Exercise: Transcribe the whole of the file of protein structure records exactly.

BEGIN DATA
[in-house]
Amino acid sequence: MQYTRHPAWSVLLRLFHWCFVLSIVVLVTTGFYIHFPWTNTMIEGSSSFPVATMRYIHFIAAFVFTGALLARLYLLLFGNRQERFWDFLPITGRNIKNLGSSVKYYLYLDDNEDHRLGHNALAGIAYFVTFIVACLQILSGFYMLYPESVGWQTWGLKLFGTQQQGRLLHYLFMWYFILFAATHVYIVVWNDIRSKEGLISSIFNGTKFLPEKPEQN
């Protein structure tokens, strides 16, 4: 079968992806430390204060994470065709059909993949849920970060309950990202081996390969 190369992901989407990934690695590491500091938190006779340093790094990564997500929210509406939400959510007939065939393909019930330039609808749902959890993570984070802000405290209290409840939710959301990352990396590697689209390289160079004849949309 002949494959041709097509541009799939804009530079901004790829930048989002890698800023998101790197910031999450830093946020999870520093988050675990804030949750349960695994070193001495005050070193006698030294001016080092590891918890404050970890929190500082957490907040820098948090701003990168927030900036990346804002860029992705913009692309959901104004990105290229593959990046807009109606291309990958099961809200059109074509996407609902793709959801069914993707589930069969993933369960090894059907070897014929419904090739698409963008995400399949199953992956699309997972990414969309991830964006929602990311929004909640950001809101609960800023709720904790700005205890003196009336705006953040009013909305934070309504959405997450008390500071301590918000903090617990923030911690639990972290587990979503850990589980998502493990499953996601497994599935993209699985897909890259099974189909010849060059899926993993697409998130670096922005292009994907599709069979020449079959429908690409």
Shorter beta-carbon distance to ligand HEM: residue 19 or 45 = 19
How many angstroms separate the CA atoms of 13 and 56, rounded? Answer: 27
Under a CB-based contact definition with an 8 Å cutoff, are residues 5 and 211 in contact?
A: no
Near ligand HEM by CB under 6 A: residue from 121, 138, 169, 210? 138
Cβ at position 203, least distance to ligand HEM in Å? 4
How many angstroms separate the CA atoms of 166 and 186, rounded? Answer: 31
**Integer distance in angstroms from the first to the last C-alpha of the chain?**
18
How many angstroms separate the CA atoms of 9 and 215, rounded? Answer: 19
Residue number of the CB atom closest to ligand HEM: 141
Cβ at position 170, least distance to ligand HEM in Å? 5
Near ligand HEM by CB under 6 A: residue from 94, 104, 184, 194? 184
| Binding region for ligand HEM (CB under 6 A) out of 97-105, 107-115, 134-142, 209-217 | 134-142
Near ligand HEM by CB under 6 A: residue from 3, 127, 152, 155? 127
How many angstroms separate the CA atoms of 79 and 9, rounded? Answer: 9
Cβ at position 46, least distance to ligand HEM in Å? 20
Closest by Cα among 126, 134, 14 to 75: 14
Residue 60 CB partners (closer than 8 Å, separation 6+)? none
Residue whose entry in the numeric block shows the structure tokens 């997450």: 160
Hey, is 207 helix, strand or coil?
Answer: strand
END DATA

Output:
[in-house]
Amino acid sequence: MQYTRHPAWSVLLRLFHWCFVLSIVVLVTTGFYIHFPWTNTMIEGSSSFPVATMRYIHFIAAFVFTGALLARLYLLLFGNRQERFWDFLPITGRNIKNLGSSVKYYLYLDDNEDHRLGHNALAGIAYFVTFIVACLQILSGFYMLYPESVGWQTWGLKLFGTQQQGRLLHYLFMWYFILFAATHVYIVVWNDIRSKEGLISSIFNGTKFLPEKPEQN
């Protein structure tokens, strides 16, 4: 079968992806430390204060994470065709059909993949849920970060309950990202081996390969 190369992901989407990934690695590491500091938190006779340093790094990564997500929210509406939400959510007939065939393909019930330039609808749902959890993570984070802000405290209290409840939710959301990352990396590697689209390289160079004849949309 002949494959041709097509541009799939804009530079901004790829930048989002890698800023998101790197910031999450830093946020999870520093988050675990804030949750349960695994070193001495005050070193006698030294001016080092590891918890404050970890929190500082957490907040820098948090701003990168927030900036990346804002860029992705913009692309959901104004990105290229593959990046807009109606291309990958099961809200059109074509996407609902793709959801069914993707589930069969993933369960090894059907070897014929419904090739698409963008995400399949199953992956699309997972990414969309991830964006929602990311929004909640950001809101609960800023709720904790700005205890003196009336705006953040009013909305934070309504959405997450008390500071301590918000903090617990923030911690639990972290587990979503850990589980998502493990499953996601497994599935993209699985897909890259099974189909010849060059899926993993697409998130670096922005292009994907599709069979020449079959429908690409």
Shorter beta-carbon distance to ligand HEM: residue 19 or 45 = 19
How many angstroms separate the CA atoms of 13 and 56, rounded? Answer: 27
Under a CB-based contact definition with an 8 Å cutoff, are residues 5 and 211 in contact?
A: no
Near ligand HEM by CB under 6 A: residue from 121, 138, 169, 210? 138
Cβ at position 203, least distance to ligand HEM in Å? 4
How many angstroms separate the CA atoms of 166 and 186, rounded? Answer: 31
**Integer distance in angstroms from the first to the last C-alpha of the chain?**
18
How many angstroms separate the CA atoms of 9 and 215, rounded? Answer: 19
Residue number of the CB atom closest to ligand HEM: 141
Cβ at position 170, least distance to ligand HEM in Å? 5
Near ligand HEM by CB under 6 A: residue from 94, 104, 184, 194? 184
| Binding region for ligand HEM (CB under 6 A) out of 97-105, 107-115, 134-142, 209-217 | 134-142
Near ligand HEM by CB under 6 A: residue from 3, 127, 152, 155? 127
How many angstroms separate the CA atoms of 79 and 9, rounded? Answer: 9
Cβ at position 46, least distance to ligand HEM in Å? 20
Closest by Cα among 126, 134, 14 to 75: 14
Residue 60 CB partners (closer than 8 Å, separation 6+)? none
Residue whose entry in the numeric block shows the structure tokens 């997450």: 160
Hey, is 207 helix, strand or coil?
Answer: strand